Tuesday, March 13, 2018

Not a Markup Hearing

Well, it turns out that the Energy Subcommittee hearing on the four DOE emergency response and security bills is not a mark-up hearing after all. Last night the witness list was announced, so it seems as if this will be an information gathering hearing with a possible mark-up at some later date.

Updated Hearing Information

The witness list includes:

Mark Menezes, US Department of Energy;
Scott Aaronson, Edison Electric Institute;
Mark Engels, Dominion Energy;
Kyle Pitsor, National Electrical Manufacturers Association;
Zachary Tudor, Idaho National Laboratory; and
Tristan Vance, Indiana Office of Energy Development

The links provided above are to the witness testimony that will be presented at tomorrow’s hearing. The Sub-Committee staff has also produced a background document for the meeting.

Interesting Info in Testimony

Menezes notes that (pg 1):

“To demonstrate our focus on the aforementioned mission [to protect the Nation’s critical energy infrastructure from physical security events, natural and man-made disasters, and cybersecurity threats], the Secretary announced last month that he is establishing an Office of Cybersecurity, Energy Security, and Emergency Response (CESER). This organizational change will strengthen the Department’s role as the Sector-Specific Agency (SSA) for Energy Sector Cybersecurity, supporting our national security responsibilities.”

Menezes also notes that (pg 6):

“Advancing the ability to improve situational awareness of OT networks is a key focus of DOE’s current activities. The Department is currently in the early stages of taking the lessons learned from CRISP and developing an analogous capability for threat detection on OT networks via the Cybersecurity for the Operational Technology Environment (CYOTE) pilot project. Observing anomalous traffic on networks – and having the ability to store and retrieve network traffic from the recent past – can be the first step in stopping an attack in its early stages.”

Engels notes that (pg 3):

“A more expedient [coordinating security activities of DOT and TSA] approach may be to encourage a Memo of Understanding (MOU)between DOE and TSA that outlines roles and responsibilities for dealing with cyber and physical security for the ONG sector. TSA already has an MOU with the DOT’s Pipeline and Hazardous Materials Safety Administration (PHMSA) which has responsibility for pipeline safety. Depending on the type of event, the TSA/DOT MOU has been critical in helping operators understand which Federal entity is the lead agency.”

Engels also notes that (pg 8):

“In 2016, TSA, again working with asset owners, industry associations, and the Department of Homeland Security’s Industrial Control System’s Cyber Emergency Response Team (DHS ICS-CERT), gathered input to update the Guidelines using the National Institute of Standards and Technology’s (NIST) Cyber Security Framework as a model. The updated [Pipeline Security] Guidelines are scheduled for release in the first half of 2018. Industry also provided input to augment the set of cybersecurity questions used in the Corporate Security Reviews (CSR) conducted by TSA.”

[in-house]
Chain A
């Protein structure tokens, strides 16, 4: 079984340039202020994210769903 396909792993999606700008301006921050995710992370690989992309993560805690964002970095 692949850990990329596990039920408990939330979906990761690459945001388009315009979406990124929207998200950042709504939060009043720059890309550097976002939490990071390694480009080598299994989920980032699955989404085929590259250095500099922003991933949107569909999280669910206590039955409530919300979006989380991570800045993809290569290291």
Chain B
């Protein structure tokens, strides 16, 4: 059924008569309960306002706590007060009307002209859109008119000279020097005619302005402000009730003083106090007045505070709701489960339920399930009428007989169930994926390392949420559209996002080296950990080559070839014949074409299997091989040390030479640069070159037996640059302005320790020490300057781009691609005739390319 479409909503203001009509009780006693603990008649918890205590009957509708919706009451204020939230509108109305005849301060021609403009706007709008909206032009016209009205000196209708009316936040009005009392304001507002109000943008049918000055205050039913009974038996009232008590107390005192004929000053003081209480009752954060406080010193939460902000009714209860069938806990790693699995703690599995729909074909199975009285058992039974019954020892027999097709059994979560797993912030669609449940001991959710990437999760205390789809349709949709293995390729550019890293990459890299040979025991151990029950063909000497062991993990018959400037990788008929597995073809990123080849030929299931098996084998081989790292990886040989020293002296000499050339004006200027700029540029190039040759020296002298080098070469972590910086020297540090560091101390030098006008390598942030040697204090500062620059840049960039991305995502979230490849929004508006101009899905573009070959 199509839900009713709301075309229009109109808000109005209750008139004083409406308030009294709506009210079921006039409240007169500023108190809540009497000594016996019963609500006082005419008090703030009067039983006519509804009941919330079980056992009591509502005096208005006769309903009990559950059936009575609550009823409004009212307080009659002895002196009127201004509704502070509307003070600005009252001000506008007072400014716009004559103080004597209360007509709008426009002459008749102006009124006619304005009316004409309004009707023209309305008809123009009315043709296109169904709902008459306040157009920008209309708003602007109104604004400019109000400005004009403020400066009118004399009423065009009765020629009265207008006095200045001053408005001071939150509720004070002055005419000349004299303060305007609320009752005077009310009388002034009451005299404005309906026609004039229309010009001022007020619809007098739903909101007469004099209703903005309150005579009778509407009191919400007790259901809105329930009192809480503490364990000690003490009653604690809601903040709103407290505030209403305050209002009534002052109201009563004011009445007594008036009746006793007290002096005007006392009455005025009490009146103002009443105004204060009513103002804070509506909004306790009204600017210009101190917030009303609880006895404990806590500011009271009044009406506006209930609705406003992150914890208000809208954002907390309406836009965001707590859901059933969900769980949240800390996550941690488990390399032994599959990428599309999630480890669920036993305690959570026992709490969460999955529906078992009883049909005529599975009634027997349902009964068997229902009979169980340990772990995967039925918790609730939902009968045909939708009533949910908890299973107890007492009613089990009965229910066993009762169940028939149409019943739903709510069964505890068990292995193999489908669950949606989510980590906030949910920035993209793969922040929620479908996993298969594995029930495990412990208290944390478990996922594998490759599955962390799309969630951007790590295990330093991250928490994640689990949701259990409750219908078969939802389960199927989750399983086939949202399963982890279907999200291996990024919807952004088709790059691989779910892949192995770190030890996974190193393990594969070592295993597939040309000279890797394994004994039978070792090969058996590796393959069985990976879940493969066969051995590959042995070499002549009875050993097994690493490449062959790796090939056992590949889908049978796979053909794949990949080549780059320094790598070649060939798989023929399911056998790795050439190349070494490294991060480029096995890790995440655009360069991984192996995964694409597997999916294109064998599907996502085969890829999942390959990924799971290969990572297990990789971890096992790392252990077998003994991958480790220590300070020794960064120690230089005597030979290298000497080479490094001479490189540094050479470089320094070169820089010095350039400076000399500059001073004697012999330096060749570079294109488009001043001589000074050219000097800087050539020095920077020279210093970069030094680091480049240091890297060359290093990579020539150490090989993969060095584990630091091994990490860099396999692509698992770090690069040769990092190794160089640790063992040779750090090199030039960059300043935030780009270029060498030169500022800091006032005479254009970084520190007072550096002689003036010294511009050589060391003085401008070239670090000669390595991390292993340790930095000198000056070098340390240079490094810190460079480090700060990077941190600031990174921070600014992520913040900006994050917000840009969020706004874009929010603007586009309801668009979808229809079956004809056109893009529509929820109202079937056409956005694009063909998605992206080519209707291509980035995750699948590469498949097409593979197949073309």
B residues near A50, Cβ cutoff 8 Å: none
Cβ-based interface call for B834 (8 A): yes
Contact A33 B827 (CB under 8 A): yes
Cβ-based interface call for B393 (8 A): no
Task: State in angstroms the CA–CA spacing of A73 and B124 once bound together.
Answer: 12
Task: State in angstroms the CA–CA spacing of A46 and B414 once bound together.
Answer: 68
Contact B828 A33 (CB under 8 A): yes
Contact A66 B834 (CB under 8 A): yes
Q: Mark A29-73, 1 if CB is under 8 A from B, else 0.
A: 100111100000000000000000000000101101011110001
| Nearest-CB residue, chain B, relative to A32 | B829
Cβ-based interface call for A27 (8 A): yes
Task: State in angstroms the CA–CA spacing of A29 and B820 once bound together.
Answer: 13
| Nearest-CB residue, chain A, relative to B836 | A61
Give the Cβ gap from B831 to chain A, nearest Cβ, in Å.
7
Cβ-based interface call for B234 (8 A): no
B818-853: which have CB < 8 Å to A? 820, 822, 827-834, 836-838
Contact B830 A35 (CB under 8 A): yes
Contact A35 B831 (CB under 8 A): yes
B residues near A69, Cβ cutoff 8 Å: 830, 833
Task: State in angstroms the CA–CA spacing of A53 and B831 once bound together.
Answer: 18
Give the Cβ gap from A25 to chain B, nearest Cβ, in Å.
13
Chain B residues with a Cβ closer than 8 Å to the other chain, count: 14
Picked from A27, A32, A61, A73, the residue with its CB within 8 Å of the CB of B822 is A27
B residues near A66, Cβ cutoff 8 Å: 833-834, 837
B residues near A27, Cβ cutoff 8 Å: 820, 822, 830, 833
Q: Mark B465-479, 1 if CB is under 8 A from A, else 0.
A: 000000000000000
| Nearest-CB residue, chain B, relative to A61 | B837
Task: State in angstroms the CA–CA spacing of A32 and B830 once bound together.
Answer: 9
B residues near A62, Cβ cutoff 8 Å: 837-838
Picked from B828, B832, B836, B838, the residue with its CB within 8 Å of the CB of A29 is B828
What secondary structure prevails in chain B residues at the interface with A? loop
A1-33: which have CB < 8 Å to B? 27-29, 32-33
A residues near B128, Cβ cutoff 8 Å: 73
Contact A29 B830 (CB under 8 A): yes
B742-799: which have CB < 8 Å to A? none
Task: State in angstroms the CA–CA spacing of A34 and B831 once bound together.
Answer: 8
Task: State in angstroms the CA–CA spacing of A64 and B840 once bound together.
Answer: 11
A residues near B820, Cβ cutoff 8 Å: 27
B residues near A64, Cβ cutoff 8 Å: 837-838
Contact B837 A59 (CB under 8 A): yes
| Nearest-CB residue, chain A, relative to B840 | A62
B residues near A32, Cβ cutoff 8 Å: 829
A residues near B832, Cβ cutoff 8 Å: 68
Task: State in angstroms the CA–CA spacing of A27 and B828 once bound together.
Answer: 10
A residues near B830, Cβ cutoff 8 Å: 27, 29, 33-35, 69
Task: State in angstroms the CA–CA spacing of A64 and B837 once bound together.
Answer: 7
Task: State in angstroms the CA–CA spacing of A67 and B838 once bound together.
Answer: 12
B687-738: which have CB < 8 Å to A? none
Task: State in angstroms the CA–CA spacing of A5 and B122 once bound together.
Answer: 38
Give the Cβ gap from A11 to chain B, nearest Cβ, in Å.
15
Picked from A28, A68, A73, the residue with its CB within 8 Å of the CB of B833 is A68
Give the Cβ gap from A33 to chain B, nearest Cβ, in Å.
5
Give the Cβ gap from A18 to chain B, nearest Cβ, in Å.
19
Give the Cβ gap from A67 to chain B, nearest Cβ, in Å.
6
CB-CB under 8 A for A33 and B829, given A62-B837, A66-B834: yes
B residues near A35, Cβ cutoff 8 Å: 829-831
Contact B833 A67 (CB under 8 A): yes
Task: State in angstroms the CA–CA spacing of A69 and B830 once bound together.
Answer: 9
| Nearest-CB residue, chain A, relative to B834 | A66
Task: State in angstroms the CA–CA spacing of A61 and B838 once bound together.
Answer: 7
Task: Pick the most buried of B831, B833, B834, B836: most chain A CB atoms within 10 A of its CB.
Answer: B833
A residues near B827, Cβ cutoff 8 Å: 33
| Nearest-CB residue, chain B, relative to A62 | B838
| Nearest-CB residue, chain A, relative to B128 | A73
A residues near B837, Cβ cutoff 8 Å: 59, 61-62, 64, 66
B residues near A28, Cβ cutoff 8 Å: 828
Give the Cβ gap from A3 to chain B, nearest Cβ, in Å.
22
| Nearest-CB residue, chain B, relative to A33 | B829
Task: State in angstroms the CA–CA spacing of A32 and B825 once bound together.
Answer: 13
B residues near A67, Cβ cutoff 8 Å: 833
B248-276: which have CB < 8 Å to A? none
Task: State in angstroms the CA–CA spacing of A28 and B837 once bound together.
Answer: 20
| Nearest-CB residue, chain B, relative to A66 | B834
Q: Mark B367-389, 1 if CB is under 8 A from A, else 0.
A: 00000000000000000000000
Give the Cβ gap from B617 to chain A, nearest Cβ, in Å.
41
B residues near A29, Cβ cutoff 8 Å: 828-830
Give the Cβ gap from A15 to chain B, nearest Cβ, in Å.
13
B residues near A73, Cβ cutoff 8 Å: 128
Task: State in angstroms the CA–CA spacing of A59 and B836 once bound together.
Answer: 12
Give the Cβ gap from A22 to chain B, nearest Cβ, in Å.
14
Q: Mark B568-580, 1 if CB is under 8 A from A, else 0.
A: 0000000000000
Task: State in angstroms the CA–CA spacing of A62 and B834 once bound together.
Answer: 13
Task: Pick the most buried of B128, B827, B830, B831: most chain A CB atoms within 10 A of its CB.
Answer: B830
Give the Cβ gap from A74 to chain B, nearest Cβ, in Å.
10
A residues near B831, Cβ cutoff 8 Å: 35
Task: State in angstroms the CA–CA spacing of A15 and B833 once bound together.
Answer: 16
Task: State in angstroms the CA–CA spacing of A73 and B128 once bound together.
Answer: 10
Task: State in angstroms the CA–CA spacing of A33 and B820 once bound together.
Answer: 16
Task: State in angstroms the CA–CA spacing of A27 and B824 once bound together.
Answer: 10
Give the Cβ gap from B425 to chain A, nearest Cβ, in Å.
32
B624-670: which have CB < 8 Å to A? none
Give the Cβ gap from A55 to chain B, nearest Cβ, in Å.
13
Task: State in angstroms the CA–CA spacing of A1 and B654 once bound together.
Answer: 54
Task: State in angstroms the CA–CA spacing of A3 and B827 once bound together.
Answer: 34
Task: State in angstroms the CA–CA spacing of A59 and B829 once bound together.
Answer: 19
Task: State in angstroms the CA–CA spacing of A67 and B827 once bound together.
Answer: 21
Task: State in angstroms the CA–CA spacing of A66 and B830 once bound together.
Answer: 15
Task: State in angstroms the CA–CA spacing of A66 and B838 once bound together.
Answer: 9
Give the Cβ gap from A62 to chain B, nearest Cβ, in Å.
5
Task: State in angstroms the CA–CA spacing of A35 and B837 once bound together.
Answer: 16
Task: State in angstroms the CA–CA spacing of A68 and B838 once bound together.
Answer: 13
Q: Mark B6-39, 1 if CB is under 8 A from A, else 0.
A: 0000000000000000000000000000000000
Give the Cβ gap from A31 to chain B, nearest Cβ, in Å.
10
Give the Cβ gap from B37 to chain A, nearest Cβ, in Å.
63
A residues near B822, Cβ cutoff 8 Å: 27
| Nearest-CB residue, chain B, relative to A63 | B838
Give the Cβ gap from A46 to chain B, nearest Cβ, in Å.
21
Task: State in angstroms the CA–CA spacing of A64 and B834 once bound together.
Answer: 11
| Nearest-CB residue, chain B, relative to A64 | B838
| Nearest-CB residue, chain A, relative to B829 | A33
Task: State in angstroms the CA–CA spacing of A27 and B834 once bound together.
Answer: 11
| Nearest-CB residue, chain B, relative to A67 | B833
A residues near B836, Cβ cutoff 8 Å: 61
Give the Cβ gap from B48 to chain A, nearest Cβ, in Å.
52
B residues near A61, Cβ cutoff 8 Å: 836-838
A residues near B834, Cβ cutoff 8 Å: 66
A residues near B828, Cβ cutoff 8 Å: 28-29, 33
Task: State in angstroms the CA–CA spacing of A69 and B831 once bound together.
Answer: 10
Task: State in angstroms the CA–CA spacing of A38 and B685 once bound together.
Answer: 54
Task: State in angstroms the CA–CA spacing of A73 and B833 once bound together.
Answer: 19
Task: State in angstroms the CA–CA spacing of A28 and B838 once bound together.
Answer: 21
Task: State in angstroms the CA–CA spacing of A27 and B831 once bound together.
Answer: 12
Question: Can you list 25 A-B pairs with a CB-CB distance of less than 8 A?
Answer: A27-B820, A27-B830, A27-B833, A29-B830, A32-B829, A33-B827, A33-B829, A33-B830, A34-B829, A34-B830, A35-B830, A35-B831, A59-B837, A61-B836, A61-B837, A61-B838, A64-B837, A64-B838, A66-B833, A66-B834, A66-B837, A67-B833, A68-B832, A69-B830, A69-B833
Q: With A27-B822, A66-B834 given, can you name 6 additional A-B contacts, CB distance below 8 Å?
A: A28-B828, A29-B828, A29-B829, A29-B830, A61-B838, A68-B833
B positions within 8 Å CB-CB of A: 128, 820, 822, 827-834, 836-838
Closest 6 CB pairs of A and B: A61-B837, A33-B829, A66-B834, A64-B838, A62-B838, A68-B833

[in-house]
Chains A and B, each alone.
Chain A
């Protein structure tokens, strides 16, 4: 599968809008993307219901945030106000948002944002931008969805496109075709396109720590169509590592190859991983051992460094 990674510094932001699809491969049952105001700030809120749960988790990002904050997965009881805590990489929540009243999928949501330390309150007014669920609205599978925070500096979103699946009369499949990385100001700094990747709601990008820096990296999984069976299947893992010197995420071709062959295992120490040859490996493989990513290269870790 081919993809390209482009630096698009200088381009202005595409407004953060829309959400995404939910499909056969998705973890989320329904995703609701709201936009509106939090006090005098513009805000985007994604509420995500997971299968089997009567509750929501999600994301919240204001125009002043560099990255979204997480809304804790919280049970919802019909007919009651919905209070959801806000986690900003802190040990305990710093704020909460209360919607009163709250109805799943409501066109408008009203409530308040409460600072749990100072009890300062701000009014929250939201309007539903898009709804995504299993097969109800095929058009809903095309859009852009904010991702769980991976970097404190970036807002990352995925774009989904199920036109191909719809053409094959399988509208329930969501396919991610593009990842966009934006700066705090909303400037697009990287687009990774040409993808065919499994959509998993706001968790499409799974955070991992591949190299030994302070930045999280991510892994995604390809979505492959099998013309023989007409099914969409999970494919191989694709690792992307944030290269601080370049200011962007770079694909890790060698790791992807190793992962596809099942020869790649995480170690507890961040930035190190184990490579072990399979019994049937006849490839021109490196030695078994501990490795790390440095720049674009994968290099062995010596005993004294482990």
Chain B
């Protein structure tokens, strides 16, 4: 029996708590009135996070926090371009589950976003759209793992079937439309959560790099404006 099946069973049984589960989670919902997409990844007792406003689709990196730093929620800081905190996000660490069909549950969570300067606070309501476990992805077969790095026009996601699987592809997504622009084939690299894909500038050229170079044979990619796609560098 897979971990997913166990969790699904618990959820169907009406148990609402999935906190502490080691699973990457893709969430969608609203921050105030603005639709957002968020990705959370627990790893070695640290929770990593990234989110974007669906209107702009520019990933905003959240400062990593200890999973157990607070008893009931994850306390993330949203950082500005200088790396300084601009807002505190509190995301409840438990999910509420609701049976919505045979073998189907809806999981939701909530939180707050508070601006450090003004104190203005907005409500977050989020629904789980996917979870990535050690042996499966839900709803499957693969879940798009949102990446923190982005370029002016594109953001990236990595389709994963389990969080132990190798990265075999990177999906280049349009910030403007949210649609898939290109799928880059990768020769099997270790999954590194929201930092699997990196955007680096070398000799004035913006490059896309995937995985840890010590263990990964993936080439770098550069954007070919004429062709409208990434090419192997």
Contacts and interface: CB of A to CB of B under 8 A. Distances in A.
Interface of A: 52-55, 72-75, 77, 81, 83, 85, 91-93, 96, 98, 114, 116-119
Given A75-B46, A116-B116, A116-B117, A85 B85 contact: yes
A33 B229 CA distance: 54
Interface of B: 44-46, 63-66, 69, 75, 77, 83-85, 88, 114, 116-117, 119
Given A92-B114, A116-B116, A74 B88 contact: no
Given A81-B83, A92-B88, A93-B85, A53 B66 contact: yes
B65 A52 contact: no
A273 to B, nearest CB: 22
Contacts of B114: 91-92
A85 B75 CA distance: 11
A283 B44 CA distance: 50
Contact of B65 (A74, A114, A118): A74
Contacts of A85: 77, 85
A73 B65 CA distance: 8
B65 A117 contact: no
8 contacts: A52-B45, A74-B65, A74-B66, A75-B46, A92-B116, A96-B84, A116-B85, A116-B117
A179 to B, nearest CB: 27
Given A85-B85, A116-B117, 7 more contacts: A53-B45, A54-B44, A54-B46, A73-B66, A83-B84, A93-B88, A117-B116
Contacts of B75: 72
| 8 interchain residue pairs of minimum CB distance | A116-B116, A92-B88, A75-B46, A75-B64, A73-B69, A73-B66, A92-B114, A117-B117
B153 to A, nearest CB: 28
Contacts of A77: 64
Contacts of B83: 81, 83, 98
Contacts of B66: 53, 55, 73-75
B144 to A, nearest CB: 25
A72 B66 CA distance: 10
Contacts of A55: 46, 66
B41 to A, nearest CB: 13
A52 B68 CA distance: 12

Engels also notes that (pgs 12-13):

“INL has undertaken several initiatives to stand up test environments for Industrial Control Systems (ICS). One such initiative was called RENDER (Risk Evaluation Nexus for Digital Age Energy Reliability). RENDER created a three way sharing arrangement involving the lab, the vendor and the asset owner. Previous projects excluded the asset owner from the equation, creating uncertainty associated with remediation of the vulnerabilities identified by INL. With RENDER, the asset owner not only could see what vulnerabilities were discovered, but provide input to the vendor about how critical or not the vulnerability was to the asset owner. This allowed the vendor to prioritize corrections that made the most sense to the asset owners.”

Tudor notes that (pg 4):

“INL developed and completed an initial pilot study of our proprietary Consequence driven, Cyber-informed Engineering (CCE) methodology with Florida Power and Light (FPL) through a Cooperative Research and Development Agreement (CRADA). CCE was developed to address the realization that constantly “chasing” threats and vulnerabilities, rather than getting ahead of these problems, is not sufficient to secure our critical systems. CCE is designed to assist asset owners in understanding the most effective and immediate actions they can take to eliminate the opportunity of the “worst-case” cyber-physical impacts from an attack by the most capable cyber adversaries. CCE leverages an organization’s knowledge and experiences with their systems and processes to “engineer out” the potential for the highest consequence events.”

This could be an interesting hearing.

No comments:

/* Use this with templates/template-twocol.html */